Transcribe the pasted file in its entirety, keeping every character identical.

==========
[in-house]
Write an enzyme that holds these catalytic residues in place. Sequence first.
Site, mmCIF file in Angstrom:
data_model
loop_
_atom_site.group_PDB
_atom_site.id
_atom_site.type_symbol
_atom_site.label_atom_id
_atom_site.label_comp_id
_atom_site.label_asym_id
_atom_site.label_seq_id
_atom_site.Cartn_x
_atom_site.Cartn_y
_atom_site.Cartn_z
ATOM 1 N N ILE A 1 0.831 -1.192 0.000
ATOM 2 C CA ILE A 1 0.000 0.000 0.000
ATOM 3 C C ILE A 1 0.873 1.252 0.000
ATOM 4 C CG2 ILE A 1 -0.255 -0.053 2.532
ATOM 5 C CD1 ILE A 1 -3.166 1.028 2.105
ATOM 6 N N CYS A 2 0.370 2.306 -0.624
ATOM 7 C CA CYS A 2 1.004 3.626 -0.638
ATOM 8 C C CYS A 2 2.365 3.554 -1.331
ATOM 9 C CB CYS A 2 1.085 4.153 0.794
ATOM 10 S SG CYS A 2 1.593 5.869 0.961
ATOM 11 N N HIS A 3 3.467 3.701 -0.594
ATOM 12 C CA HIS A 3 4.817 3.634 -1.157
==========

[in-house]
Write an enzyme that holds these catalytic residues in place. Sequence first.
Site, mmCIF file in Angstrom:
data_model
loop_
_atom_site.group_PDB
_atom_site.id
_atom_site.type_symbol
_atom_site.label_atom_id
_atom_site.label_comp_id
_atom_site.label_asym_id
_atom_site.label_seq_id
_atom_site.Cartn_x
_atom_site.Cartn_y
_atom_site.Cartn_z
ATOM 1 N N ILE A 1 0.831 -1.192 0.000
ATOM 2 C CA ILE A 1 0.000 0.000 0.000
ATOM 3 C C ILE A 1 0.873 1.252 0.000
ATOM 4 C CG2 ILE A 1 -0.255 -0.053 2.532
ATOM 5 C CD1 ILE A 1 -3.166 1.028 2.105
ATOM 6 N N CYS A 2 0.370 2.306 -0.624
ATOM 7 C CA CYS A 2 1.004 3.626 -0.638
ATOM 8 C C CYS A 2 2.365 3.554 -1.331
ATOM 9 C CB CYS A 2 1.085 4.153 0.794
ATOM 10 S SG CYS A 2 1.593 5.869 0.961
ATOM 11 N N HIS A 3 3.467 3.701 -0.594
ATOM 12 C CA HIS A 3 4.817 3.634 -1.157